Eye in the Sky
“In war, truth is the first casualty.”
War has become such a normalized topic in the U.S. Even though we haven’t seen ground warfare on our soil since the 1800’s, our constant military involvement around the globe has made it a casual dinner conversation, and the topic of many testosterone-fueled films. But Eye in the Sky isn’t an American war movie. The director is South African, the screenwriter, British, and the perspectives shown are more troubling and varied than the classic triumphant war flick.
There are many casualties of any war. In using armed forces to pursue the “greater good,” truth is certainly not the only compromise we make. We sacrifice our children. We sacrifice our futures. Eye in the Sky is a take on the impossible moral quandaries which arise in wartime. It pulls back the curtain on many things we take for granted, and presents its characters with situations we all hope to never face.
Helen Mirren (Woman in Gold) stars as no-nonsense Colonel Katherine Powell, whose British forces team up with U.S. and Kenyan allies on a mission to capture two of the world’s most-wanted terrorists. The stakes go through the roof, however, when the team discovers the makings of an imminent suicide mission inside the Kenyan house they are staking-out. Powell and her Lt. General Frank Benson (Alan Rickman, Lee Daniels’ The Butler) must make quick and difficult assessments of the volatile situation. And the American air crew (Aaron Paul, Breaking Bad; Phoebe Fox, Black Mirror) assigned to provide an “eye in the sky” perspective are suddenly faced with the possibility of carrying out a targeted drone strike.
The film is a window into modern warfare, at least as far as my limited knowledge can tell. We certainly don’t live in the era of Braveheart or Gods and Generals anymore. Modern war seems to be an unending saga of secret missions, drones, and quick takedowns. It’s the dazzling technology and lightning-speed communication from Western forces vs. the brutish tactics and explosive vests of Somali radicals.
In a way it’s a wondrous sight: the tiny cameras and invisible microphones seem like a much better idea than two armies lining up across a field to shoot one another. On the other hand, it made me wonder...who has access to this kind of inside information? Do we really know the extent of modern technology and warfare tactics, or is someone just making it up to tell a good story?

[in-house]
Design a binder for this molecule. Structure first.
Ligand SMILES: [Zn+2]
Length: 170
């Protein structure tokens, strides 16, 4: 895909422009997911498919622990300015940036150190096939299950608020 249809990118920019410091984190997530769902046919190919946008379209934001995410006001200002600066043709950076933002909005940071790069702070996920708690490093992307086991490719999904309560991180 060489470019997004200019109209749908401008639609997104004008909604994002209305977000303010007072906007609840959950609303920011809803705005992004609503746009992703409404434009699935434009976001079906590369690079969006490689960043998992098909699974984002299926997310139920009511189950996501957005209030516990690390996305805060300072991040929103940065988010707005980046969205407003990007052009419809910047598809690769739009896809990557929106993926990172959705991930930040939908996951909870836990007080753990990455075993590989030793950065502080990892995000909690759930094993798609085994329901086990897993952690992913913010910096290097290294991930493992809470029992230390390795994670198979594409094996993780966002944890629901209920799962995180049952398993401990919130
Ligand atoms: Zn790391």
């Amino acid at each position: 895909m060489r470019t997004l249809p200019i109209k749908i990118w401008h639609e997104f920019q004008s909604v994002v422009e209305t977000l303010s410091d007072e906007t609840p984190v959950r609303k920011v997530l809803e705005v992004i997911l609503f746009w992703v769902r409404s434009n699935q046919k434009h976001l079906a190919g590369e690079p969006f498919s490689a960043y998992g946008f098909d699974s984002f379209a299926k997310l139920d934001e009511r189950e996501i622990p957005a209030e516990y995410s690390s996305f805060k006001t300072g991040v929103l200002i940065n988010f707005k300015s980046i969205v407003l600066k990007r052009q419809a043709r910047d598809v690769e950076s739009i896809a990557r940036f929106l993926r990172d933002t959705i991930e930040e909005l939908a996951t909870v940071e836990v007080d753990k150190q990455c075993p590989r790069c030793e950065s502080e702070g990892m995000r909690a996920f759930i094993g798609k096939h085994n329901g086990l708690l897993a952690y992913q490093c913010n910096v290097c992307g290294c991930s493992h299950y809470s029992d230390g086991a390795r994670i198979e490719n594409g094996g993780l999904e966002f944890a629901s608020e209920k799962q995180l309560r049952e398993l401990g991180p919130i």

One thing is clear from the get-go: Colonel Powell is straightforward in her desire to apprehend -or eliminate- the criminals who have eluded her for years, causing so much death and destruction. Yet Mirren manages to play her even-handedly, and I viewed her not as an unfeeling commander, but a seasoned, realistic agent driven to minimize the damage that warfare brings. Benson, also, brings a stoic realism to his scenes. I really felt his increasing frustration at being the only military presence in a room full of politicians and government officials, and the late Rickman offers a performance to par with his usual subtle magnificence.
Young pilots Carrie and Steve provide a fascinating and necessary contrast to the age and experience of Powell and Benson. They are novices, hypersensitive to the deadly consequences of an airstrike and filled with youthful compassion. I felt a lot of camaraderie with them. As young Americans, they have grown up filled with hope, dreams, and high standards of justice. There is something about that demographic (my own) which is deeply sensitive to violence and injustice in a way, I suspect, that previous generations of military operatives did not have. Perhaps this is because we grew up amidst globalization and the Internet, and can put voices, faces, and stories to what many consider numbers and statistics.
War is problematic, the filmmakers are quick to show. Young men and women are brought into the military not because of patriotism or passion, but so they can afford a college education. Politicians and government officials far removed from the actual battlefield in comfortable conference rooms. Different countries may come together in hopes of defeating a common enemy, but they still have radically different priorities.
I suppose all I can do is hope, too. I hope it’s true that drones are sent only to prevent even greater death tolls. I hope my leaders have deep human empathy. I hope military decisions are mostly made for welfare and not for personal and financial gain. After all, I come from a military family. My dad was in the Air Force reserves for 20 years; my brother is a high-ranking officer nearing retirement. I know they are good and wise, even though I don’t know what they’ve seen or done.
It’s hard to have that kind of hope most of the time. It’s hard to believe, in this day and age, that my leaders and commanders are making choices out of integrity and nobility. But at the end of the day, I’m just one small person in a world full of war. At the end of the day, hope is all I’ve got.